The last example concerns Bruce, 78 and in excellent health. His estate assets are almost entirely marketable securities, since he sold his business some years ago. Bruce is insured with a $1.6 million universal life policy with $605,000 of cash values from Acme Life.

    Bruce’s Acme Life policy is very poorly priced and he will need to pay significant premiums to continue the $1.6 million death benefit. An insurance agent recommended that he replace the Acme policy with a XYZ Life NLPG static-priced policy with level guaranteed death benefits of $1,273,041, which would be funded with only the $605,000 cash values and require no further premiums.

    Bruce wanted a second opinion. The agent had not explained the risks associated with static-priced policies and also had not explored the option of having an increasing death benefit policy that could also be funded with only the $605,000 cash values.

    Table 2 shows a comparison of having an XYZ Life NLPG policy with level death benefits of $1,273,041, or a Premiere Mutual Life paid-up policy. Both approaches are guaranteed to have no future premiums.

    TABLE 2. Comparison of XYZ Life and PML Death Benefits
    Age Death Benefits Probability
    of Attaining
    Age
    (%)
    XYZ Life
    ($)
    Premiere
    Mutual Life*
    ($)
    Difference
    (%)
    78 1,273,041 768,617 -66.0 99
    82 1,273,041 925,643 -38.0 92
    87 1,273,041 1,173,623 -8.4 80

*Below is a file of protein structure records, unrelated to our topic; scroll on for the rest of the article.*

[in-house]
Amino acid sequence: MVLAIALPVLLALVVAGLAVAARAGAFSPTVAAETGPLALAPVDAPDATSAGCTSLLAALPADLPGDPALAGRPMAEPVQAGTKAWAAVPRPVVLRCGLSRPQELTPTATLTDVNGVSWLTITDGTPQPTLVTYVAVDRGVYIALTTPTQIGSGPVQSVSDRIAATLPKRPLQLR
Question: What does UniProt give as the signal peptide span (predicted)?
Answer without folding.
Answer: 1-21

89 1,273,041 1,290,302 1.3 68
    92 1,273,041 1,478,678 16 52
    97 1,273,041 1,857,627 46 26
    99 1,273,041 2,020,842 59 19

    The Premiere Mutual paid-up policy is a market-priced policy, and the actual increase in death benefits will depend on future dividends. Table 2 uses a dividend-interest-rate of 7.0%, which is considerably below Premiere Mutual’s current rate. Table 2 also shows the probabilities that Bruce will be alive at various ages.

    Bruce’s immediate response was to replace his Acme Life policy with a paid-up Premiere Mutual policy because there is a fair chance it will produce better value, and it eliminates any risk.

    The Risks Revealed: Sources

    If you are considering the purchase of an NLPG life insurance policy—either as a new policy or as a replacement for an existing policy—your own individual circumstances will dictate whether the additional risks are worth the possible benefits.

    However, this can only be done if you understand the risks that these policies can bring to the life insurance company’s solvency. If the sellers of NLPGs do not disclose the risks by presenting such documents as published by Moody’s and Fitch, you should at the very least try to get the information on your own.

    You can obtain copies of these pieces at www.theinsurance forum.com, www.moodys.com, and www.fitchratings.com.


    Peter Katt, CFP, LIC, is sole proprietor of Katt & Co., a fee-only life insurance advising firm located in Kalamazoo, Michigan (269/372-3497); www.peterkatt.com.